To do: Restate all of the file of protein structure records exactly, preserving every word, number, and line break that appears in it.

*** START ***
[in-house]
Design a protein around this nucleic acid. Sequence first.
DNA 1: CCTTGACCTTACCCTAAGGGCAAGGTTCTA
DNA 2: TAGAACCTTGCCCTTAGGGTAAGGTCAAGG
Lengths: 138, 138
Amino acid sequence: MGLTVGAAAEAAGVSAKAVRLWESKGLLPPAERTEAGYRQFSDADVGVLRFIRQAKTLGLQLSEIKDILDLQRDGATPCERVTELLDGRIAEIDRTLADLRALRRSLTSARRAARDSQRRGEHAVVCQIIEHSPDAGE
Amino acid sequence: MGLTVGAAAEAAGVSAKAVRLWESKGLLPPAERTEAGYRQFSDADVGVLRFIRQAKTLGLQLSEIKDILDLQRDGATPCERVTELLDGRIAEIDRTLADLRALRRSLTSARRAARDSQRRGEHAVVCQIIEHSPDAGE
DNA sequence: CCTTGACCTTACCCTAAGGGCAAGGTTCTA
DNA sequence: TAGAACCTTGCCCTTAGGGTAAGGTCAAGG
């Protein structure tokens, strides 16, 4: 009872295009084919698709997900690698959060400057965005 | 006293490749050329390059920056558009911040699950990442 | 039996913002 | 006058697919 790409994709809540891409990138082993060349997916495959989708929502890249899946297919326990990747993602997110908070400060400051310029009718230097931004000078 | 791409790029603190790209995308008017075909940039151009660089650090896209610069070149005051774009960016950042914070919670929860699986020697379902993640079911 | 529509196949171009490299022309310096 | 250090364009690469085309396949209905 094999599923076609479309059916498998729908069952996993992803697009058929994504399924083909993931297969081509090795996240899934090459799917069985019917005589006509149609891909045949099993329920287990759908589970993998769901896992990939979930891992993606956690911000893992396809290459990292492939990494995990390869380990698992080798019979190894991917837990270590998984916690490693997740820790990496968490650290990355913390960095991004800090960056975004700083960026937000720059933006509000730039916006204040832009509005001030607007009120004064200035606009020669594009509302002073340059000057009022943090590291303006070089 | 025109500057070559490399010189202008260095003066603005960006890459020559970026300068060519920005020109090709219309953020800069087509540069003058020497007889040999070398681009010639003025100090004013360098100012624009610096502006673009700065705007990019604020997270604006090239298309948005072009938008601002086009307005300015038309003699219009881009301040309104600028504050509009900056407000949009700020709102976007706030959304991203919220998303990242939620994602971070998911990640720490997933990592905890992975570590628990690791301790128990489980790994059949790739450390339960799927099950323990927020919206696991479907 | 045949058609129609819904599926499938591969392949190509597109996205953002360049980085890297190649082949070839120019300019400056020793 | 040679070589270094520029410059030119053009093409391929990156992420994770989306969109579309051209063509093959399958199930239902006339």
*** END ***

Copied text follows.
[in-house]
Design a protein around this nucleic acid. Sequence first.
DNA 1: CCTTGACCTTACCCTAAGGGCAAGGTTCTA
DNA 2: TAGAACCTTGCCCTTAGGGTAAGGTCAAGG
Lengths: 138, 138
Amino acid sequence: MGLTVGAAAEAAGVSAKAVRLWESKGLLPPAERTEAGYRQFSDADVGVLRFIRQAKTLGLQLSEIKDILDLQRDGATPCERVTELLDGRIAEIDRTLADLRALRRSLTSARRAARDSQRRGEHAVVCQIIEHSPDAGE
Amino acid sequence: MGLTVGAAAEAAGVSAKAVRLWESKGLLPPAERTEAGYRQFSDADVGVLRFIRQAKTLGLQLSEIKDILDLQRDGATPCERVTELLDGRIAEIDRTLADLRALRRSLTSARRAARDSQRRGEHAVVCQIIEHSPDAGE
DNA sequence: CCTTGACCTTACCCTAAGGGCAAGGTTCTA
DNA sequence: TAGAACCTTGCCCTTAGGGTAAGGTCAAGG
């Protein structure tokens, strides 16, 4: 009872295009084919698709997900690698959060400057965005 | 006293490749050329390059920056558009911040699950990442 | 039996913002 | 006058697919 790409994709809540891409990138082993060349997916495959989708929502890249899946297919326990990747993602997110908070400060400051310029009718230097931004000078 | 791409790029603190790209995308008017075909940039151009660089650090896209610069070149005051774009960016950042914070919670929860699986020697379902993640079911 | 529509196949171009490299022309310096 | 250090364009690469085309396949209905 094999599923076609479309059916498998729908069952996993992803697009058929994504399924083909993931297969081509090795996240899934090459799917069985019917005589006509149609891909045949099993329920287990759908589970993998769901896992990939979930891992993606956690911000893992396809290459990292492939990494995990390869380990698992080798019979190894991917837990270590998984916690490693997740820790990496968490650290990355913390960095991004800090960056975004700083960026937000720059933006509000730039916006204040832009509005001030607007009120004064200035606009020669594009509302002073340059000057009022943090590291303006070089 | 025109500057070559490399010189202008260095003066603005960006890459020559970026300068060519920005020109090709219309953020800069087509540069003058020497007889040999070398681009010639003025100090004013360098100012624009610096502006673009700065705007990019604020997270604006090239298309948005072009938008601002086009307005300015038309003699219009881009301040309104600028504050509009900056407000949009700020709102976007706030959304991203919220998303990242939620994602971070998911990640720490997933990592905890992975570590628990690791301790128990489980790994059949790739450390339960799927099950323990927020919206696991479907 | 045949058609129609819904599926499938591969392949190509597109996205953002360049980085890297190649082949070839120019300019400056020793 | 040679070589270094520029410059030119053009093409391929990156992420994770989306969109579309051209063509093959399958199930239902006339």